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To owners of Vapor systems..

tmw
tmw Member Posts: 56
My Arco Model K is designed to run on 3oz. I don't know if this means that it's acceptable to climb a few ounces and cut out, for example, at 6oz after a 20 or 30 minute run while warm (or perhaps cut out at 6oz after a 50-60 minute run if system is cold),  or stay at 3 oz until t-stat is satisfied.



I've read a bunch of posts from folks who run at very low pressures, but can't seem to find any info on whether these systems cycle off-on, or stay at low pressure until t-stat is satisfied.



I'd be grateful if a few of you would share your experiences. Are these systems supposed to find an equilibrium where steam generated=condensation formed and just stay at a certain pressure? If so, every time you open or throttle down a radiator do you change the equilibrium?

Comments

  • haaljo
    haaljo Member Posts: 112
    Article on low pressure

    This article is about pressure:

    [url=http://www.heatinghelp.com/article/95/Problems-that-plague-ALL-steam-systems/87/You-cant-raise-steam-pressure-on-the-gauge]http://www.heatinghelp.com/article/95/Problems-that-plague-ALL-steam-systems/87/You-cant-raise-steam-pressure-on-the-gauge

    I have a plain old one pipe system. This heating season I cannot raise pressure according to my 3 pound gauge. The gauge flutters above zero but doesn't even reach one ounce. Don't have to add water so no leaks. Filled the boiler to the top and no leaks.

     I made a manometer. The water level drops two inches when the radiators start to get hot. Then the water level returns to the normal level when the radiators are competely hot. So, maybe that means the pressure is about one ounce?

    In any case, all the radiators get hot and the boss is not complaining about comfort or noise. Perhaps, the burner needs to be cleaned and adjusted (underfired). Bottomline is if your system is working well at 3 ounces, why would you want to start cycing on pressure?
  • haaljo
    haaljo Member Posts: 112
    Low pressure concern

    Good question,

    Intersting that you didn't get responses so I'm responding again to update the thread . You have to ask your question not only to owners of vapor systems but also the Pro's. My guess is the Pro's would say 3 ounces is fine and to leave alone.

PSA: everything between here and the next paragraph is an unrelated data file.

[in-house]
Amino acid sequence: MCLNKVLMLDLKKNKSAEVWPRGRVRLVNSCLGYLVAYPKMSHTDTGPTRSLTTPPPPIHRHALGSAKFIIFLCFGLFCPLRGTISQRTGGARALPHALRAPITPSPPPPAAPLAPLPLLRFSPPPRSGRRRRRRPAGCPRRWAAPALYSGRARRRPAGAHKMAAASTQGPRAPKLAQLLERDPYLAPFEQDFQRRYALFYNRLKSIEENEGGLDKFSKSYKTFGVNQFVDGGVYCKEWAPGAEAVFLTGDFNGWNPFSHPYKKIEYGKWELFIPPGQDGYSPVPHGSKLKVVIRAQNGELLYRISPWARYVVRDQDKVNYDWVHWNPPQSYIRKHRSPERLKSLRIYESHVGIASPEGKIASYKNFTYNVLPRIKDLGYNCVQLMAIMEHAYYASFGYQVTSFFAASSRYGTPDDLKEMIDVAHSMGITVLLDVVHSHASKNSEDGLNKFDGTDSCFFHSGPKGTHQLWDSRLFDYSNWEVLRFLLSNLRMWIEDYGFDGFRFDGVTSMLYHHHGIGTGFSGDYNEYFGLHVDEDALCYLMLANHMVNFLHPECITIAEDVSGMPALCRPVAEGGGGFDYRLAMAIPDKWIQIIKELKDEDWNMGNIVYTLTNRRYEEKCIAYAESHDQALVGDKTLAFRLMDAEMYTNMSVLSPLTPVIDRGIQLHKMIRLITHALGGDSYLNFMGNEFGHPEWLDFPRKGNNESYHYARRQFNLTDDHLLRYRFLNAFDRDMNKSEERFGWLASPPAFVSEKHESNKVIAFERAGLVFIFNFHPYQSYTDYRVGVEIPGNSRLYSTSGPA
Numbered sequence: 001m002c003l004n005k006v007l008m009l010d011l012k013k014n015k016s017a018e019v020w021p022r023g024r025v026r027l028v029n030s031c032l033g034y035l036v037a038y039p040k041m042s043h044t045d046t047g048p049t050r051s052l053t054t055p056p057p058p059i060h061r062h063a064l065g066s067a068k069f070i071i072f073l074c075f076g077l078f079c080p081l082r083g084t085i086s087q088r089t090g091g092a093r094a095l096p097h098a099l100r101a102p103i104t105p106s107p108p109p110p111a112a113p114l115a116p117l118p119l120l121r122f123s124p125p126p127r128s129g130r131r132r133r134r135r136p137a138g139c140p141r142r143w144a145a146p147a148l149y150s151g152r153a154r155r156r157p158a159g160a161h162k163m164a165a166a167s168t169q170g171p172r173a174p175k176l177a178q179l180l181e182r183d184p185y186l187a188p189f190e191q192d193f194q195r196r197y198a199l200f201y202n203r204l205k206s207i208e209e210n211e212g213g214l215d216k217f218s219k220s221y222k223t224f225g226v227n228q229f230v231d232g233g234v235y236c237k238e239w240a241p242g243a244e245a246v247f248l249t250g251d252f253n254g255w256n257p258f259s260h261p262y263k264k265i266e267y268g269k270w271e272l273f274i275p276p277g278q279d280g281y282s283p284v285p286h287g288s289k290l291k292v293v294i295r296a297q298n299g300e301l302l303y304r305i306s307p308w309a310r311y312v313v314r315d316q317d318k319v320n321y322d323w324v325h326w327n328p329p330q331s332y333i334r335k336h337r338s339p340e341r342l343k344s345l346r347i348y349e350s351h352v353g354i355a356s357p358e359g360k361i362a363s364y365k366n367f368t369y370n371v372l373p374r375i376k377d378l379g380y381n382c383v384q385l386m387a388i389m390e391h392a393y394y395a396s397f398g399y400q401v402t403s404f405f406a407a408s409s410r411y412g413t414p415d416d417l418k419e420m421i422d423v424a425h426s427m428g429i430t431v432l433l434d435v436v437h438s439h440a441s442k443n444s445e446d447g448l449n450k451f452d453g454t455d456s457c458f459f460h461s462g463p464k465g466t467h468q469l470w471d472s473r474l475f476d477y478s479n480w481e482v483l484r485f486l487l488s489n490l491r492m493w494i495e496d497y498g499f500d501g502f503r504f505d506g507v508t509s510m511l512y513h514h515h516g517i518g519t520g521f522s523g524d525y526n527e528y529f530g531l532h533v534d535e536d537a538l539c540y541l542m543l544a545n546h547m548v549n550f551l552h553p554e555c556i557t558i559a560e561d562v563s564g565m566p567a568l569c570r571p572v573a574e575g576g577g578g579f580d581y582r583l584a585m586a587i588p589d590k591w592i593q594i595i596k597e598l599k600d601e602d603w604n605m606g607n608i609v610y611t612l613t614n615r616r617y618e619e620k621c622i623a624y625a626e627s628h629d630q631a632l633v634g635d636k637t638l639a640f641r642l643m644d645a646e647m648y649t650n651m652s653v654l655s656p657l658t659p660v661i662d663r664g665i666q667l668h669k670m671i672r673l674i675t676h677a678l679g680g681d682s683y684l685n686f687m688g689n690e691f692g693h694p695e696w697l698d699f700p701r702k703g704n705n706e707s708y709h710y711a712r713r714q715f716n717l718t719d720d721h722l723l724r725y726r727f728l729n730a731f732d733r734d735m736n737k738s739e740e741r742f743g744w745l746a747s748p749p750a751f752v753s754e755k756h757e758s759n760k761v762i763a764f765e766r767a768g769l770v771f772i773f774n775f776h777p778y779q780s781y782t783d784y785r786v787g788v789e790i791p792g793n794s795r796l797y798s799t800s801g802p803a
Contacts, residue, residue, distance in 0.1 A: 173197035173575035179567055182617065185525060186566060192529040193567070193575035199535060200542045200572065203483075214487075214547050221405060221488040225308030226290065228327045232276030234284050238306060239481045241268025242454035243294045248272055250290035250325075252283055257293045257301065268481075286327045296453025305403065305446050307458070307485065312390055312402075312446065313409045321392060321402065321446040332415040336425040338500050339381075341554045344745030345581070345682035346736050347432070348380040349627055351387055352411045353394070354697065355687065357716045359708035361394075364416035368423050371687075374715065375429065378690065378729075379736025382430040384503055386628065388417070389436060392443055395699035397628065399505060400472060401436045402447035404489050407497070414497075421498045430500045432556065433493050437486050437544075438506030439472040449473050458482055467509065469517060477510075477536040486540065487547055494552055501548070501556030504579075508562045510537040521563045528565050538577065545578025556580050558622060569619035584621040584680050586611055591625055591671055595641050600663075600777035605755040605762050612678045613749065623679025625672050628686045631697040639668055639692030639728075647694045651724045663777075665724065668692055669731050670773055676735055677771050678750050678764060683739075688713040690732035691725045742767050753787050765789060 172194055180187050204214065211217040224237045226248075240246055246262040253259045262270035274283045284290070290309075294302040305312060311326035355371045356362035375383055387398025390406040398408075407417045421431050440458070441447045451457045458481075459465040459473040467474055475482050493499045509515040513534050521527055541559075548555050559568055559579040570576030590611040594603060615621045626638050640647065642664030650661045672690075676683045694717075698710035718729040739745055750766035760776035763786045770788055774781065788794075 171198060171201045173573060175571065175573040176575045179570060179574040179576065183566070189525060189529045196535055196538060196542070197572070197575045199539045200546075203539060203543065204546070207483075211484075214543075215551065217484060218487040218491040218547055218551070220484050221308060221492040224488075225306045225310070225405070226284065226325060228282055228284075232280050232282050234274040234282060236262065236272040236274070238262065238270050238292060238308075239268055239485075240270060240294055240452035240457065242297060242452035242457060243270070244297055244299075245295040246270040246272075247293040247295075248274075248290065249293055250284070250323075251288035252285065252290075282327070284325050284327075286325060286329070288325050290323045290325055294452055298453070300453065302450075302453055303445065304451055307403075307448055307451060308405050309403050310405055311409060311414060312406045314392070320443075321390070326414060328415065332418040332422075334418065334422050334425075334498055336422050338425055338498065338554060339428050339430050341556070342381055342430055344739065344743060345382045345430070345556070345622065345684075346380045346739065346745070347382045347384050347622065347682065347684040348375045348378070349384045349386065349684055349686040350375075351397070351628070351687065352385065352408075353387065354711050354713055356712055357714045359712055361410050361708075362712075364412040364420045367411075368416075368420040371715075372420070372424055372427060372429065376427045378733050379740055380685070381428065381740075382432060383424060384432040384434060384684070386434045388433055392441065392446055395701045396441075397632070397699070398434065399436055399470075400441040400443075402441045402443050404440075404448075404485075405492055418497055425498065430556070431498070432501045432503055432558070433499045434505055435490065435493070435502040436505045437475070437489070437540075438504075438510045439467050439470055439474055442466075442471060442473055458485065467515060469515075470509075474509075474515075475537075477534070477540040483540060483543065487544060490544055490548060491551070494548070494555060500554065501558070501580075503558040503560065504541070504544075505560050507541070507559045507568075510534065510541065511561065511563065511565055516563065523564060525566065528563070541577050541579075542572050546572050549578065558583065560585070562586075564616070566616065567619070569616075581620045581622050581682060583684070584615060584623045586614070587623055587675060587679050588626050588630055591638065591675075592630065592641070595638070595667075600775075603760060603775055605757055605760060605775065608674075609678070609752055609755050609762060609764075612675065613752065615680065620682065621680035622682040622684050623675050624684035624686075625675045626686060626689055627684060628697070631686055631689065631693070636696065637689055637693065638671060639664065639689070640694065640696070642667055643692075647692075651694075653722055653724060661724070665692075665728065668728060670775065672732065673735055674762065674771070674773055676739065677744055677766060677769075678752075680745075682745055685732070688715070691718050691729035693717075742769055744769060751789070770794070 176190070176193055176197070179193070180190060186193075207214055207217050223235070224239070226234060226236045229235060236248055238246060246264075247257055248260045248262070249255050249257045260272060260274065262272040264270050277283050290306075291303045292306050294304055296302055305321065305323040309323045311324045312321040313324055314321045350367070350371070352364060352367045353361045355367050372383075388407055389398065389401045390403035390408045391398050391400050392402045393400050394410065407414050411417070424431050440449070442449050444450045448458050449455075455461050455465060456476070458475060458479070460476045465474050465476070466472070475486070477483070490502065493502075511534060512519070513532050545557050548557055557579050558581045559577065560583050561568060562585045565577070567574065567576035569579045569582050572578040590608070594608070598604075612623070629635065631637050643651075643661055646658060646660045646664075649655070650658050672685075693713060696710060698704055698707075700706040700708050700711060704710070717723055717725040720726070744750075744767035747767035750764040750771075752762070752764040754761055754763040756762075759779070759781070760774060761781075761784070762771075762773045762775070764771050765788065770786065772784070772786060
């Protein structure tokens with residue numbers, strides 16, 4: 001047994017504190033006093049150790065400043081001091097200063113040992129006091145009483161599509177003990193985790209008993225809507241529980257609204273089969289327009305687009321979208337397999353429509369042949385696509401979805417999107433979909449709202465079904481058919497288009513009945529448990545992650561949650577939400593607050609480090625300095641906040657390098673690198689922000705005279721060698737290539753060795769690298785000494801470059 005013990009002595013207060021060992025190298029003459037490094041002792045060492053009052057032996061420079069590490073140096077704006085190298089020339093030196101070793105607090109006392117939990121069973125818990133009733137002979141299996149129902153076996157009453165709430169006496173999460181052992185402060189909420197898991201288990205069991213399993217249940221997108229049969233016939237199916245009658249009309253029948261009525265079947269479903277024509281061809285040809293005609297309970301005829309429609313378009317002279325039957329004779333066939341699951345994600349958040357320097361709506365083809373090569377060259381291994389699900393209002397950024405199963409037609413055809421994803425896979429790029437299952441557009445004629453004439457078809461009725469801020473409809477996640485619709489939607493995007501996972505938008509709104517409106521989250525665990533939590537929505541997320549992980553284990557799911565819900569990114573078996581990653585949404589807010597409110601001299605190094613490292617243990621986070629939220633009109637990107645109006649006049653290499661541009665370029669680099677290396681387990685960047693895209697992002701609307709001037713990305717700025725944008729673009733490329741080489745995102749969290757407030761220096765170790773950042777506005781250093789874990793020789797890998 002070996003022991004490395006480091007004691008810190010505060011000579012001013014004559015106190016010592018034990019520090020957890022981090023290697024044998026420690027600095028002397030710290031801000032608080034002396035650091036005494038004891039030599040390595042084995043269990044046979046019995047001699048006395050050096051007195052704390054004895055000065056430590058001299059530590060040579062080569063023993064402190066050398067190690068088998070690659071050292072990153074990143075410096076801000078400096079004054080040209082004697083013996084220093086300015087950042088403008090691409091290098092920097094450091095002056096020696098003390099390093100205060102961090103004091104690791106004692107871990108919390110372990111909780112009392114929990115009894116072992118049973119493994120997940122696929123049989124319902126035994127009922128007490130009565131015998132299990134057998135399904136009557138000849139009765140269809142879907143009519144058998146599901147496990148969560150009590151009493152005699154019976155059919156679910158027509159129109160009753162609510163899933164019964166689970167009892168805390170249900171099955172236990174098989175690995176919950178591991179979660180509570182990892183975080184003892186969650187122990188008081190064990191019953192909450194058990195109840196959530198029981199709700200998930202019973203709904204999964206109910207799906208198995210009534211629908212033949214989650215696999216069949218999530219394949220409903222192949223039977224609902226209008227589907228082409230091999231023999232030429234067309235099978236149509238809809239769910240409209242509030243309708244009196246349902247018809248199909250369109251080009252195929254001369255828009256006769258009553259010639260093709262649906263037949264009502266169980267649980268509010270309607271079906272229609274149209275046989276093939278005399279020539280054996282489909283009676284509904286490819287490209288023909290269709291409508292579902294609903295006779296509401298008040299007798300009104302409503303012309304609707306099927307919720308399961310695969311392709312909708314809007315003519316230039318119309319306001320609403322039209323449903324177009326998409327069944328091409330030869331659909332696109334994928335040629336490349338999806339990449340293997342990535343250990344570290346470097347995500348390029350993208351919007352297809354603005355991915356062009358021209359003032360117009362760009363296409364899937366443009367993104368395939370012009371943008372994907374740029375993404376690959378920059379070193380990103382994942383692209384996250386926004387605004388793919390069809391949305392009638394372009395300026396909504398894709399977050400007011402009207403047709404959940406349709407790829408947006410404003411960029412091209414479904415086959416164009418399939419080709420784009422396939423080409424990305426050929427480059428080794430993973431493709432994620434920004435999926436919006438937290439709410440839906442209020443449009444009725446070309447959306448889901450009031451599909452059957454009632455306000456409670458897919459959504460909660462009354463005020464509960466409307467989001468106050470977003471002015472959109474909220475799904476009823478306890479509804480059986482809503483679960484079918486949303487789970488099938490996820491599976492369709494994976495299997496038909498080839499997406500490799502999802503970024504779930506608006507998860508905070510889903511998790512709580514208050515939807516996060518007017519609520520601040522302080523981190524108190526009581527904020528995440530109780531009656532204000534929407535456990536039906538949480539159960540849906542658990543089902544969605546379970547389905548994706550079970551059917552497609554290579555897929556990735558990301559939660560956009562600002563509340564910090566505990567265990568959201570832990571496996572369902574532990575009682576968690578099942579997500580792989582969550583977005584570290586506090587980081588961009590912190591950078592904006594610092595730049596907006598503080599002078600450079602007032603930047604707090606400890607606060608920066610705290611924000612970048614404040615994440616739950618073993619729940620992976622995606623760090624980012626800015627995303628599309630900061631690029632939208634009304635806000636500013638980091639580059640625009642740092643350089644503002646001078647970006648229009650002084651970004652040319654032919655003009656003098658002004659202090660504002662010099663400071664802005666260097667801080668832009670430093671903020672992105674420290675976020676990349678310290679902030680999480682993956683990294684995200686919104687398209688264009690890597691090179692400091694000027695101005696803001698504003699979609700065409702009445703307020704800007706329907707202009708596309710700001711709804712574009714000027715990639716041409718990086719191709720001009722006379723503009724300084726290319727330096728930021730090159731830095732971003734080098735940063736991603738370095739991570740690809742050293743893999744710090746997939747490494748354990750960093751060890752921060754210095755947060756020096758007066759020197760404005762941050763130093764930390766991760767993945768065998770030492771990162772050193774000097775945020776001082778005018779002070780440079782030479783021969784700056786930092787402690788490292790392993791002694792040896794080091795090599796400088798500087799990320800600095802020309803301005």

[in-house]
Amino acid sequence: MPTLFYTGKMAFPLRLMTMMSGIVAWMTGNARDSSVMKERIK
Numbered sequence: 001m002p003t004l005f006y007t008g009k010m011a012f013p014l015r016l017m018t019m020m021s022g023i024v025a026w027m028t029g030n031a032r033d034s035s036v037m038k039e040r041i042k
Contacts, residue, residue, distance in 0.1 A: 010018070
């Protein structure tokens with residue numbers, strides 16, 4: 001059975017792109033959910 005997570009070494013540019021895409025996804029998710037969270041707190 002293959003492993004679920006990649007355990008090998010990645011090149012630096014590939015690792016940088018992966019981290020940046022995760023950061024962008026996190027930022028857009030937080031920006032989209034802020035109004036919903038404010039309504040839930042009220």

Best!
  • Joe V_2
    Joe V_2 Member Posts: 234
    Mine runs at 3 oz...

    to 5 oz before satisfy the t-stat.  I have a 1.5 to 15 psi pressuretrol set to cut off at 1.5 psi.  The only time the pressuretrol has ever turned off the boiler was when I had  a -10 degree night timeset back.  But usually, the burner runs upto 25 minutes at 3-5 oz until the t'stat is satisfied.
  • Charlie from wmass
    Charlie from wmass Member Posts: 4,195
    Joe thats how it should run

    the pressure trol is more of a safety shut off if the boiler is properly sized. That is if you are happy with how the heat is distributed and the system is quiet aside from normal combustion related noises.
    Cost is what you spend , value is what you get.

    cell # 413-841-6726
    https://heatinghelp.com/find-a-contractor/detail/charles-garrity-plumbing-and-heating
  • Joe V_2
    Joe V_2 Member Posts: 234
    edited March 2010
    I know

    And I'm very happy with it. Runs flawlessly and the cat loves laying on the radiators.

    I still think I'll put a vaporstat on it next heating season because during that one event I described, so much condensate returned at one time, water came out of the return's vent. 
  • Jamie Hall
    Jamie Hall Member Posts: 17,095
    for what it's worth...

    Hoffman equipped vapour system; 7,000 square foot 1810 - 1890 museum/house, very complete records.



    The heart of the Hoffman system was the differential loop and the draught controller.  The draught controller was a beautifully sensitive device which controlled the draught over the fire to hold about 3 ounces pressure, assuming that someone had fed enough coal to it.  The differential loop activates at 8 ounces, more or less (and still does!).  The loop was a protective gadget, and functioned if the draught regulator hung up, causing the pressure to rise.  Without it, it was possible to back the water out of the boiler; what it does is put live steam into the returns, and pop the water back in.  Clever.  No moving parts.  On the original coal boiler, I don't suppose it ever got tripped (that was before my time!). 



    Now the system runs at about 2 ounces until all the traps close, which normally never happens (only happens after a big setback).  The vapourstat is set to cut out at 7.5 ounces and cut back in at 1 ounce.  If there has been a big setback (or the oil company has run me out of oil...) the system will cycle on the vapourstat after about 50 minutes or so of running, and keep doing that until the thermostat is happy.  I run a three degree setback, and the system doesn't have to run that long normally.
    Br. Jamie, osb
    Building superintendent/caretaker, 7200 sq. ft. historic house museum with dependencies in New England
  • tmw
    tmw Member Posts: 56
    Terrific responses..

    It looks like my system is now in a fairly decent state of tune..stays at 3oz for 20-25 mins. in the morning after a -3 deg. setback. Then cycles off on t-stat. Will stay at 3oz for 50 minutes if need be after a larger setback. 



    Let's hear more from vapor system owners!
This discussion has been closed.